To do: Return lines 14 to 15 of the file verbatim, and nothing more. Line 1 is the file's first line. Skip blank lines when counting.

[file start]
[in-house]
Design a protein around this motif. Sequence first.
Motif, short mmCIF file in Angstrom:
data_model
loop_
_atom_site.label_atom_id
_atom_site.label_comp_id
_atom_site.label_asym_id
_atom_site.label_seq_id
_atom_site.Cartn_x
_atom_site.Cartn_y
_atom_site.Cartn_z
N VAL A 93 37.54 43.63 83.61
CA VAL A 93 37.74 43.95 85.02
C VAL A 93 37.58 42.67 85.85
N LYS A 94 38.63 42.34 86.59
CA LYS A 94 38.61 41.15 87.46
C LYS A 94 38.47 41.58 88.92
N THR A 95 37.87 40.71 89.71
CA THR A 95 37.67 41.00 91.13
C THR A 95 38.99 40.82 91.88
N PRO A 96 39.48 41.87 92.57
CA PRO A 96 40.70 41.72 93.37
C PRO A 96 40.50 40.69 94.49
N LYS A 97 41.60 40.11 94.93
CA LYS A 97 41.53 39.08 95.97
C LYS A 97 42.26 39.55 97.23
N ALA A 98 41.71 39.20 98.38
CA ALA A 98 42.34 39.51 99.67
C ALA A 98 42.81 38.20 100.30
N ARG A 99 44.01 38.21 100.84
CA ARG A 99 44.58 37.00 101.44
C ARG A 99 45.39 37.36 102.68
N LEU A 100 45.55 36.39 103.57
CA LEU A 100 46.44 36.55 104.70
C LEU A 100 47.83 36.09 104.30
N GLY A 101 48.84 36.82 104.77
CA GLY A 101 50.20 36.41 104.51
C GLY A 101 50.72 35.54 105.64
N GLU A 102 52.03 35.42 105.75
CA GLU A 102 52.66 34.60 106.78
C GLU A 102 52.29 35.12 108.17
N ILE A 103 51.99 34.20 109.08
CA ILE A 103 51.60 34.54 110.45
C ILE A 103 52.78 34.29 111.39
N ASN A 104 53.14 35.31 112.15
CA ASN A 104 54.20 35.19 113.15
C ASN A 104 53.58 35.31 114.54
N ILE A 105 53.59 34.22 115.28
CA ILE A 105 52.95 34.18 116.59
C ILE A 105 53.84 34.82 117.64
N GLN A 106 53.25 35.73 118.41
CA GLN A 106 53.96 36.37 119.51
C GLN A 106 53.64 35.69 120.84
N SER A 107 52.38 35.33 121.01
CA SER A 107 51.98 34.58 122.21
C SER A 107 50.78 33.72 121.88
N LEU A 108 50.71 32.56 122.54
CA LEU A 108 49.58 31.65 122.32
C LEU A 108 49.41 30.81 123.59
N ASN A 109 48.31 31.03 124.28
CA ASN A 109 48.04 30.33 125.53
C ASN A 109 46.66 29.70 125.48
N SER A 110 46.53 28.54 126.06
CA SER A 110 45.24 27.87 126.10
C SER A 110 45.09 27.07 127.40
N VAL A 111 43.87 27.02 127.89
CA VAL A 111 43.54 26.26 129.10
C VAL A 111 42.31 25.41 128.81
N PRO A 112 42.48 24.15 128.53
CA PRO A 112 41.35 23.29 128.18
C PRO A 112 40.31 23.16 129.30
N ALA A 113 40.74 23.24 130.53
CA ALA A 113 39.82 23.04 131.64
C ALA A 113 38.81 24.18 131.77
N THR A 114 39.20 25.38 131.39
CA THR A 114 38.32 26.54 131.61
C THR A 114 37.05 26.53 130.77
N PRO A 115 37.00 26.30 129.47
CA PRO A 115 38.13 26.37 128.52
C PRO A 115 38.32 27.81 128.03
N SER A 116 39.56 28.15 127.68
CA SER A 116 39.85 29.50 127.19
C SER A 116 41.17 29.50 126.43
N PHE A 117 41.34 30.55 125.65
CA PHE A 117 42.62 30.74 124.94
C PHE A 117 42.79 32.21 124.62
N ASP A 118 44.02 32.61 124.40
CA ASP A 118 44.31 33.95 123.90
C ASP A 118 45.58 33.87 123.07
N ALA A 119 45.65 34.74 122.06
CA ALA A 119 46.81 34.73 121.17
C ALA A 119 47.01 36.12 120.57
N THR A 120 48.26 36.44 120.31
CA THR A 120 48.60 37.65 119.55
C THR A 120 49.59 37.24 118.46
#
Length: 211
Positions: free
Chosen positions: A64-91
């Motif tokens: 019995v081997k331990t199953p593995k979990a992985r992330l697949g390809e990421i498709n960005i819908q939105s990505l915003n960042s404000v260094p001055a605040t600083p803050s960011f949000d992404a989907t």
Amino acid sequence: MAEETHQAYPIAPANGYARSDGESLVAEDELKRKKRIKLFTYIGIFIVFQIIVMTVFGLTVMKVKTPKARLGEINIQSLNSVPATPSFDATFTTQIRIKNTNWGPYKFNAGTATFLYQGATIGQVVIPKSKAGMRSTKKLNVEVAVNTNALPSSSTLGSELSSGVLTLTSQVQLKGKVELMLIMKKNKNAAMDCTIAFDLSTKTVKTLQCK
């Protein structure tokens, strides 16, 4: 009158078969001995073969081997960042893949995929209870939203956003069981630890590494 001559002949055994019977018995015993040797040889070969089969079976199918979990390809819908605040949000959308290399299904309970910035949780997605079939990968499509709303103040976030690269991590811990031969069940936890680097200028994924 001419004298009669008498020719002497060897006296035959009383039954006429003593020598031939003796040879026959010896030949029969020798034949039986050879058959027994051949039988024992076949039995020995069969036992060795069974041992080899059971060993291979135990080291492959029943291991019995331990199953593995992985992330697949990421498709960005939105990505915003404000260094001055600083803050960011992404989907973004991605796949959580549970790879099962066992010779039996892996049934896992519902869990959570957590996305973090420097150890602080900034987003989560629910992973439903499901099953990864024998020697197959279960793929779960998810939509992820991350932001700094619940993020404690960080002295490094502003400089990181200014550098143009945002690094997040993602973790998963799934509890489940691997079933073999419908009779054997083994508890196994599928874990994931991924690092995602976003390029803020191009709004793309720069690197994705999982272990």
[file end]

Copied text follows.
CA VAL A 93 37.74 43.95 85.02
C VAL A 93 37.58 42.67 85.85